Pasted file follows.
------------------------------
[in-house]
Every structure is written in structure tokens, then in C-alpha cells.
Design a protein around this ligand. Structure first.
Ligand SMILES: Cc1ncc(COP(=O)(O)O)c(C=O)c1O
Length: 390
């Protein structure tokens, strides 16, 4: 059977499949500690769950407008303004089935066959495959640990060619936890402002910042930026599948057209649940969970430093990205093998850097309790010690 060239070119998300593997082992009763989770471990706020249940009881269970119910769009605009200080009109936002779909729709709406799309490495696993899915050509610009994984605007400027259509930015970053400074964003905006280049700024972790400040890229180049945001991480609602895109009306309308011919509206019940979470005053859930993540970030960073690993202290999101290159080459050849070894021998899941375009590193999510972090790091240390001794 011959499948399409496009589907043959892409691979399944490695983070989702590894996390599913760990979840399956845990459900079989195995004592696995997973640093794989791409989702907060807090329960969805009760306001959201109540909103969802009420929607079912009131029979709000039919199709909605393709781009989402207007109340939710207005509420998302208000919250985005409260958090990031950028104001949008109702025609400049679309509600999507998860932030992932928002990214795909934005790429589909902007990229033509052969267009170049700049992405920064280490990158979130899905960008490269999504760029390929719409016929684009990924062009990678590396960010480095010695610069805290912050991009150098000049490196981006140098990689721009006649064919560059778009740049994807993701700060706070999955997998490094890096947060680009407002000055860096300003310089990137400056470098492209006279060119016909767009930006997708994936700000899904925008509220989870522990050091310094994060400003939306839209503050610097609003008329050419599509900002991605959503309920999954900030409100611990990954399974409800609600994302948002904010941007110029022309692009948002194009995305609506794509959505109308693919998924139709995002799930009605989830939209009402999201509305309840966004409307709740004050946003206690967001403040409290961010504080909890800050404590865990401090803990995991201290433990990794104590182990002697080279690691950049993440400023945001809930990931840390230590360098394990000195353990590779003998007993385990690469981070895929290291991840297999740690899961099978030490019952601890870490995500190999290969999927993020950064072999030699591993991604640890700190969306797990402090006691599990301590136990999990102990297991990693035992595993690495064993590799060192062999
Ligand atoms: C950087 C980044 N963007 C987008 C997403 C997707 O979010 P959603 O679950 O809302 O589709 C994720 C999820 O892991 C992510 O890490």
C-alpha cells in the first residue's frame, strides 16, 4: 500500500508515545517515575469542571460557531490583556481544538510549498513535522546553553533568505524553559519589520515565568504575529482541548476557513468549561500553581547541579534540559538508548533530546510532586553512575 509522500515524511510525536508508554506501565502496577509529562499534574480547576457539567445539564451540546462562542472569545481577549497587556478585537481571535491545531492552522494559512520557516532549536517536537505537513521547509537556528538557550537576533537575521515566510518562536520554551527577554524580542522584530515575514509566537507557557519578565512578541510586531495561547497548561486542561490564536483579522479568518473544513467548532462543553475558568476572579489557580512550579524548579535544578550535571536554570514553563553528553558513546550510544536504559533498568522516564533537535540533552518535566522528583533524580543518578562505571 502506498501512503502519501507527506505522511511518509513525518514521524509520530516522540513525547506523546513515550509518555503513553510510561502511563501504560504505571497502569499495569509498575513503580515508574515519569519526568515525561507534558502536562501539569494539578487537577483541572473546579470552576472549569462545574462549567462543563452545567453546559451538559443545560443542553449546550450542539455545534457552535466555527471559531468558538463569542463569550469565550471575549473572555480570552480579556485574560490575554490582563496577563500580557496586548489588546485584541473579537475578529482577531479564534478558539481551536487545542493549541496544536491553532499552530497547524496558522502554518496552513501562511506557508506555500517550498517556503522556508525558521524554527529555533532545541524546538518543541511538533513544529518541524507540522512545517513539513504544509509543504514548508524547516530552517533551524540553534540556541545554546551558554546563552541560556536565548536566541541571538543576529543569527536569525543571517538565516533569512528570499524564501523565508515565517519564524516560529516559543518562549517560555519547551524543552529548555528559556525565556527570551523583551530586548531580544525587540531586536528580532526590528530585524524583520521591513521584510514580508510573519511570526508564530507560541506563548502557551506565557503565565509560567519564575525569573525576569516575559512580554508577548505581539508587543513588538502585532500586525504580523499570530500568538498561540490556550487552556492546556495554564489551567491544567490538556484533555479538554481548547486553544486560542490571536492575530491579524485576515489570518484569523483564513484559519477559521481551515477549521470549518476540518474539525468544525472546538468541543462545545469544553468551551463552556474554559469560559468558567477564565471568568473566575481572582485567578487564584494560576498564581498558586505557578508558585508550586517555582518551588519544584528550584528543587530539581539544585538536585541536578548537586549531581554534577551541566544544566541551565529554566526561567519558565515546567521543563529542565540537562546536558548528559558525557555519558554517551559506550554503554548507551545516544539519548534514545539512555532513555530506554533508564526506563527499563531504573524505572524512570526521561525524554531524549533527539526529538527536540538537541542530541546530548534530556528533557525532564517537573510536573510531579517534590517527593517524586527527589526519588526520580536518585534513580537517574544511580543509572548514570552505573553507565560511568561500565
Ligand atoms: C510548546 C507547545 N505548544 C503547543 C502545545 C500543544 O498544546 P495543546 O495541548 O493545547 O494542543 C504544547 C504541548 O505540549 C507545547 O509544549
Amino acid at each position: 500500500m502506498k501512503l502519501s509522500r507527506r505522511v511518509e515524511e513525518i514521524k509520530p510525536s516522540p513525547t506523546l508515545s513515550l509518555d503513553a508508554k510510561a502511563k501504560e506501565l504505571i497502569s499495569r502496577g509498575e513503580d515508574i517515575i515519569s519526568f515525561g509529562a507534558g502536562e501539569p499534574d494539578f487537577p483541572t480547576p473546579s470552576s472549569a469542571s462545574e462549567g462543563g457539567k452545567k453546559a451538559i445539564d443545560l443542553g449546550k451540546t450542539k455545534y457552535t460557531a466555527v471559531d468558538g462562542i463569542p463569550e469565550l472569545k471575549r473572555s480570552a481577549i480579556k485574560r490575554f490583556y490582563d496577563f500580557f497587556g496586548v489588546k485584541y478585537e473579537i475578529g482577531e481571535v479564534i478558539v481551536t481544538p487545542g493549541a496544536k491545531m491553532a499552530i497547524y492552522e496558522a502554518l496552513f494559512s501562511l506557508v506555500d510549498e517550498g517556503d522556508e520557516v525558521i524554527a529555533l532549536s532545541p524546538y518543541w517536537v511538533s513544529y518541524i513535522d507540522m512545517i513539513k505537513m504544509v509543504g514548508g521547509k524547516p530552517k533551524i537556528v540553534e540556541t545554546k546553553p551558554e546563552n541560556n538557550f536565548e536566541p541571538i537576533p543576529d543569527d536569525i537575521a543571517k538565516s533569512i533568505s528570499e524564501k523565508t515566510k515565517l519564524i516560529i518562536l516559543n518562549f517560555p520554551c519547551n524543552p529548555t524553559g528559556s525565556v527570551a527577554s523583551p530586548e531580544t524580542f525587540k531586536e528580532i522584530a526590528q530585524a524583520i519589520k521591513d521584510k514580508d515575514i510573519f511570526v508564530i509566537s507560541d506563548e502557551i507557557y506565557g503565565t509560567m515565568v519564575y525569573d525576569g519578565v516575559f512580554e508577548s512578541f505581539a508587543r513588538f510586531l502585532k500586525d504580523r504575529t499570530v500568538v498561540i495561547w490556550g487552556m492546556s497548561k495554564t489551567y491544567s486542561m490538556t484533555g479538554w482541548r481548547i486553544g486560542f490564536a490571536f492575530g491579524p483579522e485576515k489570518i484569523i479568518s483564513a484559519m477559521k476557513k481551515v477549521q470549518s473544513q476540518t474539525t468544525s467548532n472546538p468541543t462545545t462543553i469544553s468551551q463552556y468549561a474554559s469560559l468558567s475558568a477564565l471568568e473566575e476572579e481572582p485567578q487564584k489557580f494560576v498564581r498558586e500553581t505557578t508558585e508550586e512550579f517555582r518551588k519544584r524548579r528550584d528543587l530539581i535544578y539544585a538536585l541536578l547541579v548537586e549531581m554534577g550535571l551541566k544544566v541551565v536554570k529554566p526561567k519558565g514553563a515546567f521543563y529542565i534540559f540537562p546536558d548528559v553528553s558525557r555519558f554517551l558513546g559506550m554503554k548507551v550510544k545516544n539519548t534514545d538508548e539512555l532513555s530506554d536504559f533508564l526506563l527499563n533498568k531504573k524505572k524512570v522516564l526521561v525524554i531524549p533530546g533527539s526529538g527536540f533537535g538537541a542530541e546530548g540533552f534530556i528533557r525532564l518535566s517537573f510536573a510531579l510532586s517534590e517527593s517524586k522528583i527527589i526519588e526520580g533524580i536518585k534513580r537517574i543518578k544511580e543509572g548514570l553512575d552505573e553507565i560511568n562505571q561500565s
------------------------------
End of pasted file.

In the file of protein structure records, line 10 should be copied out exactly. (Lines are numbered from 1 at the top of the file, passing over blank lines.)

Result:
Amino acid at each position: 500500500m502506498k501512503l502519501s509522500r507527506r505522511v511518509e515524511e513525518i514521524k509520530p510525536s516522540p513525547t506523546l508515545s513515550l509518555d503513553a508508554k510510561a502511563k501504560e506501565l504505571i497502569s499495569r502496577g509498575e513503580d515508574i517515575i515519569s519526568f515525561g509529562a507534558g502536562e501539569p499534574d494539578f487537577p483541572t480547576p473546579s470552576s472549569a469542571s462545574e462549567g462543563g457539567k452545567k453546559a451538559i445539564d443545560l443542553g449546550k451540546t450542539k455545534y457552535t460557531a466555527v471559531d468558538g462562542i463569542p463569550e469565550l472569545k471575549r473572555s480570552a481577549i480579556k485574560r490575554f490583556y490582563d496577563f500580557f497587556g496586548v489588546k485584541y478585537e473579537i475578529g482577531e481571535v479564534i478558539v481551536t481544538p487545542g493549541a496544536k491545531m491553532a499552530i497547524y492552522e496558522a502554518l496552513f494559512s501562511l506557508v506555500d510549498e517550498g517556503d522556508e520557516v525558521i524554527a529555533l532549536s532545541p524546538y518543541w517536537v511538533s513544529y518541524i513535522d507540522m512545517i513539513k505537513m504544509v509543504g514548508g521547509k524547516p530552517k533551524i537556528v540553534e540556541t545554546k546553553p551558554e546563552n541560556n538557550f536565548e536566541p541571538i537576533p543576529d543569527d536569525i537575521a543571517k538565516s533569512i533568505s528570499e524564501k523565508t515566510k515565517l519564524i516560529i518562536l516559543n518562549f517560555p520554551c519547551n524543552p529548555t524553559g528559556s525565556v527570551a527577554s523583551p530586548e531580544t524580542f525587540k531586536e528580532i522584530a526590528q530585524a524583520i519589520k521591513d521584510k514580508d515575514i510573519f511570526v508564530i509566537s507560541d506563548e502557551i507557557y506565557g503565565t509560567m515565568v519564575y525569573d525576569g519578565v516575559f512580554e508577548s512578541f505581539a508587543r513588538f510586531l502585532k500586525d504580523r504575529t499570530v500568538v498561540i495561547w490556550g487552556m492546556s497548561k495554564t489551567y491544567s486542561m490538556t484533555g479538554w482541548r481548547i486553544g486560542f490564536a490571536f492575530g491579524p483579522e485576515k489570518i484569523i479568518s483564513a484559519m477559521k476557513k481551515v477549521q470549518s473544513q476540518t474539525t468544525s467548532n472546538p468541543t462545545t462543553i469544553s468551551q463552556y468549561a474554559s469560559l468558567s475558568a477564565l471568568e473566575e476572579e481572582p485567578q487564584k489557580f494560576v498564581r498558586e500553581t505557578t508558585e508550586e512550579f517555582r518551588k519544584r524548579r528550584d528543587l530539581i535544578y539544585a538536585l541536578l547541579v548537586e549531581m554534577g550535571l551541566k544544566v541551565v536554570k529554566p526561567k519558565g514553563a515546567f521543563y529542565i534540559f540537562p546536558d548528559v553528553s558525557r555519558f554517551l558513546g559506550m554503554k548507551v550510544k545516544n539519548t534514545d538508548e539512555l532513555s530506554d536504559f533508564l526506563l527499563n533498568k531504573k524505572k524512570v522516564l526521561v525524554i531524549p533530546g533527539s526529538g527536540f533537535g538537541a542530541e546530548g540533552f534530556i528533557r525532564l518535566s517537573f510536573a510531579l510532586s517534590e517527593s517524586k522528583i527527589i526519588e526520580g533524580i536518585k534513580r537517574i543518578k544511580e543509572g548514570l553512575d552505573e553507565i560511568n562505571q561500565s